Tensions between autonomy and solidarity in the legal construction of national strategies for personalised medicine

Publikation: KonferencebidragKonferenceabstrakt til konferenceForskningfagfællebedømt

Standard

Tensions between autonomy and solidarity in the legal construction of national strategies for personalised medicine. / Ó Cathaoir, Katharina Eva; Hartlev, Mette.

2018. Abstract fra World Congress of Bioethics, Bangalore, Indien.

Publikation: KonferencebidragKonferenceabstrakt til konferenceForskningfagfællebedømt

Harvard

Ó Cathaoir, KE & Hartlev, M 2018, 'Tensions between autonomy and solidarity in the legal construction of national strategies for personalised medicine', World Congress of Bioethics, Bangalore, Indien, 05/12/2018 - 07/12/2018.

APA

Ó Cathaoir, K. E., & Hartlev, M. (2018). Tensions between autonomy and solidarity in the legal construction of national strategies for personalised medicine. Abstract fra World Congress of Bioethics, Bangalore, Indien.

Vancouver

Ó Cathaoir KE, Hartlev M. Tensions between autonomy and solidarity in the legal construction of national strategies for personalised medicine. 2018. Abstract fra World Congress of Bioethics, Bangalore, Indien.

Author

Ó Cathaoir, Katharina Eva ; Hartlev, Mette. / Tensions between autonomy and solidarity in the legal construction of national strategies for personalised medicine. Abstract fra World Congress of Bioethics, Bangalore, Indien.

Bibtex

@conference{8b2078614a4a45568f2a8697a0553d65,
title = "Tensions between autonomy and solidarity in the legal construction of national strategies for personalised medicine",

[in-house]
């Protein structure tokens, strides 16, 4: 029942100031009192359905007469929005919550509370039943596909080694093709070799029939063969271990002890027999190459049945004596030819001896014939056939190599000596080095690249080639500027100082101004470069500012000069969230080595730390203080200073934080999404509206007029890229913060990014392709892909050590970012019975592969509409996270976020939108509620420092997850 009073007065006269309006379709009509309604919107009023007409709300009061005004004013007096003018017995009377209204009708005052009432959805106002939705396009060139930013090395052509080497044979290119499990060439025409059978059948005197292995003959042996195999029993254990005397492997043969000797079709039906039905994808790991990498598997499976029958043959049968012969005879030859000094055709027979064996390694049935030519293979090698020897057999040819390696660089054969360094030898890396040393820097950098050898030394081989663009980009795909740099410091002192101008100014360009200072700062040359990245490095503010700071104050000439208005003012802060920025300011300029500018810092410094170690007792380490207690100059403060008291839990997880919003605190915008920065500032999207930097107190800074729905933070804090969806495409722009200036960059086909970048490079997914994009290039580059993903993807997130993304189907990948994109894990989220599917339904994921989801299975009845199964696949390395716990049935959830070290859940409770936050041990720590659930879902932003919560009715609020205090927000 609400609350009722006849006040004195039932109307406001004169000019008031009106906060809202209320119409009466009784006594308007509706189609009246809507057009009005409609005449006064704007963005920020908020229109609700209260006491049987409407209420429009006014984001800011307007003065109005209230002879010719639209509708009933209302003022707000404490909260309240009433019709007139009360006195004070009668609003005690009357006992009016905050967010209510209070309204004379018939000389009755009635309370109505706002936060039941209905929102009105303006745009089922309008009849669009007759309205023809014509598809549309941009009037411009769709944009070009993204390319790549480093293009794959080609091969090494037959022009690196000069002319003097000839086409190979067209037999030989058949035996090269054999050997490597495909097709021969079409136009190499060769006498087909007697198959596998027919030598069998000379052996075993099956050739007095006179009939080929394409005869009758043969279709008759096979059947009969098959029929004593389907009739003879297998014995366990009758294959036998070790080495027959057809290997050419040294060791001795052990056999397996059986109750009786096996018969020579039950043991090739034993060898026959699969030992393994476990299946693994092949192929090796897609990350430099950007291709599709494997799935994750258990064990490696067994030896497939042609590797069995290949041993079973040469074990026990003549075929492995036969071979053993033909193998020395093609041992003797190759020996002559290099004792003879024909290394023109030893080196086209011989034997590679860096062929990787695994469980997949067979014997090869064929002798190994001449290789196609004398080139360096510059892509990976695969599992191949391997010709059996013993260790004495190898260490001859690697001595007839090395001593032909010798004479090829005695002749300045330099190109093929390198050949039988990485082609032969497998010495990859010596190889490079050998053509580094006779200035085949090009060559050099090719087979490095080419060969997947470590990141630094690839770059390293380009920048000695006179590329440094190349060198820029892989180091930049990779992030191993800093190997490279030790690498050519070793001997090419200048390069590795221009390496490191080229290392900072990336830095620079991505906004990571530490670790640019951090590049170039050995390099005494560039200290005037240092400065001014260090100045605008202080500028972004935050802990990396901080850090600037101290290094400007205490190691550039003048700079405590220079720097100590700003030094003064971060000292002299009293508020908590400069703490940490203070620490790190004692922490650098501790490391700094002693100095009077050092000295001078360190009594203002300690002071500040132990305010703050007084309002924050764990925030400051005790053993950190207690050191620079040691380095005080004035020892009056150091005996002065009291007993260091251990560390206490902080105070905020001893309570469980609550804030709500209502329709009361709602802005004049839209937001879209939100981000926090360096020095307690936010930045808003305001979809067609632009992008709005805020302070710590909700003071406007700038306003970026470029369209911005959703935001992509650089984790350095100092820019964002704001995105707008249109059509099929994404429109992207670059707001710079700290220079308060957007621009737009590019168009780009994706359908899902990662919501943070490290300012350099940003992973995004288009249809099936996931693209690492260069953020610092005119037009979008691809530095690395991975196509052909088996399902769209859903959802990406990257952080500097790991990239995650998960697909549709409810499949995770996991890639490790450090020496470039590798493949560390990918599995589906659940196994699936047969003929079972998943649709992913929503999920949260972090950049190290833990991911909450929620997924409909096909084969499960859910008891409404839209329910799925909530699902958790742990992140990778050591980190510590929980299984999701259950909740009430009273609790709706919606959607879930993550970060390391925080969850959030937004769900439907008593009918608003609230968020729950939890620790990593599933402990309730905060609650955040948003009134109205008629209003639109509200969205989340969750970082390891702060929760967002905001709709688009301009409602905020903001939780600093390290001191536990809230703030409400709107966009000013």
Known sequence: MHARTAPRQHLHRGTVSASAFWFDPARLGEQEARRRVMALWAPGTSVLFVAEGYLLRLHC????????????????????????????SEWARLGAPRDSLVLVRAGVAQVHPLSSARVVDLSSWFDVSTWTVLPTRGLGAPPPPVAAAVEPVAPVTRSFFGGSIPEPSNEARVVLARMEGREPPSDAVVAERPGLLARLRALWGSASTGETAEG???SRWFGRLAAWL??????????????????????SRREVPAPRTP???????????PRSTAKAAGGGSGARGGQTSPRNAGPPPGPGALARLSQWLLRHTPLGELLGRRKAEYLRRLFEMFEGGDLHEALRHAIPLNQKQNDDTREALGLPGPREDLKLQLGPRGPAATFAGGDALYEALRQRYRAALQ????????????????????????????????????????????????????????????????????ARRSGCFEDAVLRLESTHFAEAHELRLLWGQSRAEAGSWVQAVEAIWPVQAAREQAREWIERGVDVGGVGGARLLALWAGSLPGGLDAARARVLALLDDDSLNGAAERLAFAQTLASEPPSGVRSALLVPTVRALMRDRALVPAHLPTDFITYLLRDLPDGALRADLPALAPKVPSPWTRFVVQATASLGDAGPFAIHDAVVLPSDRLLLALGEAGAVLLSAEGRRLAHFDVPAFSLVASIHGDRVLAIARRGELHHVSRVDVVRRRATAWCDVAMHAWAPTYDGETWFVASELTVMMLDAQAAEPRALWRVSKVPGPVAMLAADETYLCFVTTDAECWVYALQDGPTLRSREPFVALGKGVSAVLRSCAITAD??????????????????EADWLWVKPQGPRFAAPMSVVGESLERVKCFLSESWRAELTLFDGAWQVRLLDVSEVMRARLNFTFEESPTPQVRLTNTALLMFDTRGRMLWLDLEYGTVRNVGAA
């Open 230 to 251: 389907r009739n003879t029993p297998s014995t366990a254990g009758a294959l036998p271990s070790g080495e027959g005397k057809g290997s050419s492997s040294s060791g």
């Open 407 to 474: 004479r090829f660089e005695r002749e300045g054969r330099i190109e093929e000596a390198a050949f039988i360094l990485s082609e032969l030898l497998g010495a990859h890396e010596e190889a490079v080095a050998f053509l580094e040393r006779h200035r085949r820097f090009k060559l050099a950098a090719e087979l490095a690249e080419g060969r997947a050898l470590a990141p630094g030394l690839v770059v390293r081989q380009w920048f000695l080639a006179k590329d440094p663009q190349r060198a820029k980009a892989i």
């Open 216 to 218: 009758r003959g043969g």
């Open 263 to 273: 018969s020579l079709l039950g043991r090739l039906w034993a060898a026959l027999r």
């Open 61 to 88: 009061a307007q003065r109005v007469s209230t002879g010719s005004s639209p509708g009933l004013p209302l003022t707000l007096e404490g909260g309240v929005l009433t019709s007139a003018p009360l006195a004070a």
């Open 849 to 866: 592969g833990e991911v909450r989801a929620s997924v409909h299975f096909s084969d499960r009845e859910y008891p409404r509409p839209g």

abstract = "Respect for the individual’s autonomy and private life forms the foundation of the modern health care system’s ethical and legal framework. Informed consent is viewed as crucial for insuring protection of both the individual’s aforementioned rights and collective trust in the healthcare system. Paradoxically, as treatment becomes more individualised, namely through the introduction of personalised medicine, tensions between the individual and the collective(s) are intensified. Through personalized medicine, the individual is intertwined with various collectives – the species, lineage, reference genome, a national collective or a welfare state.Notably, development of personalised medicine requires access to a vast amount of data about the population, including genetic information. Thus, it prompts questions on the extent to which solidarity in the welfare state creates an expectation of substantial individual contribution for the common good. For instance, could provision of genetic diagnostics for the patient be dependent on providing personal data for research and other purposes? Could genetic relations be expected to share private information, and even subject themselves to comprehensive genetic screening, to support the diagnosis of family members?In this paper, we draw on the principles of autonomy and solidarity to explore how law constructs the balance between the individual and various collectives in the introduction of personalised medicine. We use the establishment of the Danish National Genome Centre by legislation as a case study for exploring the implicit and explicit tensions.",
author = "{{\'O} Cathaoir}, {Katharina Eva} and Mette Hartlev",
year = "2018",
language = "English",
note = "World Congress of Bioethics ; Conference date: 05-12-2018 Through 07-12-2018",

}

RIS

TY - ABST